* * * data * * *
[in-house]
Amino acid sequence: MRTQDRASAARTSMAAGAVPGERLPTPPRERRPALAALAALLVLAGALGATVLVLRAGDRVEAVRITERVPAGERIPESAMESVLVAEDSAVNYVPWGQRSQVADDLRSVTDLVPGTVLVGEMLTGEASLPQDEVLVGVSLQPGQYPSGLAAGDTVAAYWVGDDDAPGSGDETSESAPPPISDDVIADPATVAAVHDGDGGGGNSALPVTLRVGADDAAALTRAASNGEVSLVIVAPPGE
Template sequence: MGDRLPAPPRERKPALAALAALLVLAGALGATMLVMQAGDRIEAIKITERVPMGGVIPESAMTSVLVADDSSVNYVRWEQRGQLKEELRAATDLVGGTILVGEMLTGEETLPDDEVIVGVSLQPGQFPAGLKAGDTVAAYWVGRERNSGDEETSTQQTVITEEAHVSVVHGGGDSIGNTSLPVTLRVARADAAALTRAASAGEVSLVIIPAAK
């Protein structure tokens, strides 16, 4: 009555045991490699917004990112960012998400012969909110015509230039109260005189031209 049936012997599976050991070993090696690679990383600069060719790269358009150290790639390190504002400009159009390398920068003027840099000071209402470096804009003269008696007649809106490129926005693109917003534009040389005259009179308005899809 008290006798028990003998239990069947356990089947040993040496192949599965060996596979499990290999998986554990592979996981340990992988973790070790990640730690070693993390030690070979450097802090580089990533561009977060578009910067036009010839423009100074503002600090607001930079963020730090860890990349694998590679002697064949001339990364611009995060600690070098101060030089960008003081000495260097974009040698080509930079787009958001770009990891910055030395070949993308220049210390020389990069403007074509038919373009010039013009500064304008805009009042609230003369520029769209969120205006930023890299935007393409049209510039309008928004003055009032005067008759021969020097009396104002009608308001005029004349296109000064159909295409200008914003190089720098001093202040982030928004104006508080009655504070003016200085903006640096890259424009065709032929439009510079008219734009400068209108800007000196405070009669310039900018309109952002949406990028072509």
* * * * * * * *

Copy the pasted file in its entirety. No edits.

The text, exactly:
[in-house]
Amino acid sequence: MRTQDRASAARTSMAAGAVPGERLPTPPRERRPALAALAALLVLAGALGATVLVLRAGDRVEAVRITERVPAGERIPESAMESVLVAEDSAVNYVPWGQRSQVADDLRSVTDLVPGTVLVGEMLTGEASLPQDEVLVGVSLQPGQYPSGLAAGDTVAAYWVGDDDAPGSGDETSESAPPPISDDVIADPATVAAVHDGDGGGGNSALPVTLRVGADDAAALTRAASNGEVSLVIVAPPGE
Template sequence: MGDRLPAPPRERKPALAALAALLVLAGALGATMLVMQAGDRIEAIKITERVPMGGVIPESAMTSVLVADDSSVNYVRWEQRGQLKEELRAATDLVGGTILVGEMLTGEETLPDDEVIVGVSLQPGQFPAGLKAGDTVAAYWVGRERNSGDEETSTQQTVITEEAHVSVVHGGGDSIGNTSLPVTLRVARADAAALTRAASAGEVSLVIIPAAK
């Protein structure tokens, strides 16, 4: 009555045991490699917004990112960012998400012969909110015509230039109260005189031209 049936012997599976050991070993090696690679990383600069060719790269358009150290790639390190504002400009159009390398920068003027840099000071209402470096804009003269008696007649809106490129926005693109917003534009040389005259009179308005899809 008290006798028990003998239990069947356990089947040993040496192949599965060996596979499990290999998986554990592979996981340990992988973790070790990640730690070693993390030690070979450097802090580089990533561009977060578009910067036009010839423009100074503002600090607001930079963020730090860890990349694998590679002697064949001339990364611009995060600690070098101060030089960008003081000495260097974009040698080509930079787009958001770009990891910055030395070949993308220049210390020389990069403007074509038919373009010039013009500064304008805009009042609230003369520029769209969120205006930023890299935007393409049209510039309008928004003055009032005067008759021969020097009396104002009608308001005029004349296109000064159909295409200008914003190089720098001093202040982030928004104006508080009655504070003016200085903006640096890259424009065709032929439009510079008219734009400068209108800007000196405070009669310039900018309109952002949406990028072509």